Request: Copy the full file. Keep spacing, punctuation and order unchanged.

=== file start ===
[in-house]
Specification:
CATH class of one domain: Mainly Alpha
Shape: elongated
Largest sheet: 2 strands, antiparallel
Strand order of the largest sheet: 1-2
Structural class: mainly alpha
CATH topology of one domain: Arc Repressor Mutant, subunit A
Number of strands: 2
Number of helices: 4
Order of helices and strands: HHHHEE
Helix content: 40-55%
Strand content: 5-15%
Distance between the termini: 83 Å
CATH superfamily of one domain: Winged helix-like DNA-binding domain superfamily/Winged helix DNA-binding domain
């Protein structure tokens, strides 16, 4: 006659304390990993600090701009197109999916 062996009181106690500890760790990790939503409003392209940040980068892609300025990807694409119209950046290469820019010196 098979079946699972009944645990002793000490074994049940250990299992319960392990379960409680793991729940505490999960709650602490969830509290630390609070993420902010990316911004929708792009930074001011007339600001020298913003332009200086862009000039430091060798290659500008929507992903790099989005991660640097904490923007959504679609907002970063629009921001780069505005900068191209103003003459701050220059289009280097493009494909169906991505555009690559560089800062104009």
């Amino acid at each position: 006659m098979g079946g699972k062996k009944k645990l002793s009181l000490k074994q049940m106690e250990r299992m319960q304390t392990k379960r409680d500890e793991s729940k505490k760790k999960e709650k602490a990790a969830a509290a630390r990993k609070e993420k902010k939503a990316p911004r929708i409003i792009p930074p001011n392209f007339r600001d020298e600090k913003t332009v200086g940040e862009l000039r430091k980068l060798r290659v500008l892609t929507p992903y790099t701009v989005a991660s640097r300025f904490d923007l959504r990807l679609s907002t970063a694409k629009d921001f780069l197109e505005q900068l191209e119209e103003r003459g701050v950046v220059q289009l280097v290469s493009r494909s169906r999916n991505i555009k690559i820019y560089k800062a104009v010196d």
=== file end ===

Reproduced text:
[in-house]
Specification:
CATH class of one domain: Mainly Alpha
Shape: elongated
Largest sheet: 2 strands, antiparallel
Strand order of the largest sheet: 1-2
Structural class: mainly alpha
CATH topology of one domain: Arc Repressor Mutant, subunit A
Number of strands: 2
Number of helices: 4
Order of helices and strands: HHHHEE
Helix content: 40-55%
Strand content: 5-15%
Distance between the termini: 83 Å
CATH superfamily of one domain: Winged helix-like DNA-binding domain superfamily/Winged helix DNA-binding domain
């Protein structure tokens, strides 16, 4: 006659304390990993600090701009197109999916 062996009181106690500890760790990790939503409003392209940040980068892609300025990807694409119209950046290469820019010196 098979079946699972009944645990002793000490074994049940250990299992319960392990379960409680793991729940505490999960709650602490969830509290630390609070993420902010990316911004929708792009930074001011007339600001020298913003332009200086862009000039430091060798290659500008929507992903790099989005991660640097904490923007959504679609907002970063629009921001780069505005900068191209103003003459701050220059289009280097493009494909169906991505555009690559560089800062104009």
């Amino acid at each position: 006659m098979g079946g699972k062996k009944k645990l002793s009181l000490k074994q049940m106690e250990r299992m319960q304390t392990k379960r409680d500890e793991s729940k505490k760790k999960e709650k602490a990790a969830a509290a630390r990993k609070e993420k902010k939503a990316p911004r929708i409003i792009p930074p001011n392209f007339r600001d020298e600090k913003t332009v200086g940040e862009l000039r430091k980068l060798r290659v500008l892609t929507p992903y790099t701009v989005a991660s640097r300025f904490d923007l959504r990807l679609s907002t970063a694409k629009d921001f780069l197109e505005q900068l191209e119209e103003r003459g701050v950046v220059q289009l280097v290469s493009r494909s169906r999916n991505i555009k690559i820019y560089k800062a104009v010196d």